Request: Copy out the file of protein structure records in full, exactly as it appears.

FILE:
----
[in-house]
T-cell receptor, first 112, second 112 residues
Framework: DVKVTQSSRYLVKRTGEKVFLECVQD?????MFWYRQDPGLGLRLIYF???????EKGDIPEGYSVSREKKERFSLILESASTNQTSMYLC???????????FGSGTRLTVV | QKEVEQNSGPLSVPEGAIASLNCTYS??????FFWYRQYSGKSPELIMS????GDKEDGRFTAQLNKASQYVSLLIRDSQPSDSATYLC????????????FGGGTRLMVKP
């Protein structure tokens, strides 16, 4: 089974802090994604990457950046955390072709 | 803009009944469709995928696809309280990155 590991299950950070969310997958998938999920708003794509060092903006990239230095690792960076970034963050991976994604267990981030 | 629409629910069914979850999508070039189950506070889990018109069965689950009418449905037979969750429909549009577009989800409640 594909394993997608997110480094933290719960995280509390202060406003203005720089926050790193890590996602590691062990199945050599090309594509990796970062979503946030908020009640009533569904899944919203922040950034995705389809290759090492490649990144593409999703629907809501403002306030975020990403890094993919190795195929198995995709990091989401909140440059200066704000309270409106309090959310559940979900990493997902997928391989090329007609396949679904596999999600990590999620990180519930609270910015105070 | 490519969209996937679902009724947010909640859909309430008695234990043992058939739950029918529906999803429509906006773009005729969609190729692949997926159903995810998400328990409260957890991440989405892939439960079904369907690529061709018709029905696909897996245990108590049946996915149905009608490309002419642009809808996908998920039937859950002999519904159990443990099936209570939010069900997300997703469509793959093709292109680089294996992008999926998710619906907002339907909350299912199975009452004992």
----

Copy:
[in-house]
T-cell receptor, first 112, second 112 residues
Framework: DVKVTQSSRYLVKRTGEKVFLECVQD?????MFWYRQDPGLGLRLIYF???????EKGDIPEGYSVSREKKERFSLILESASTNQTSMYLC???????????FGSGTRLTVV | QKEVEQNSGPLSVPEGAIASLNCTYS??????FFWYRQYSGKSPELIMS????GDKEDGRFTAQLNKASQYVSLLIRDSQPSDSATYLC????????????FGGGTRLMVKP
């Protein structure tokens, strides 16, 4: 089974802090994604990457950046955390072709 | 803009009944469709995928696809309280990155 590991299950950070969310997958998938999920708003794509060092903006990239230095690792960076970034963050991976994604267990981030 | 629409629910069914979850999508070039189950506070889990018109069965689950009418449905037979969750429909549009577009989800409640 594909394993997608997110480094933290719960995280509390202060406003203005720089926050790193890590996602590691062990199945050599090309594509990796970062979503946030908020009640009533569904899944919203922040950034995705389809290759090492490649990144593409999703629907809501403002306030975020990403890094993919190795195929198995995709990091989401909140440059200066704000309270409106309090959310559940979900990493997902997928391989090329007609396949679904596999999600990590999620990180519930609270910015105070 | 490519969209996937679902009724947010909640859909309430008695234990043992058939739950029918529906999803429509906006773009005729969609190729692949997926159903995810998400328990409260957890991440989405892939439960079904369907690529061709018709029905696909897996245990108590049946996915149905009608490309002419642009809808996908998920039937859950002999519904159990443990099936209570939010069900997300997703469509793959093709292109680089294996992008999926998710619906907002339907909350299912199975009452004992």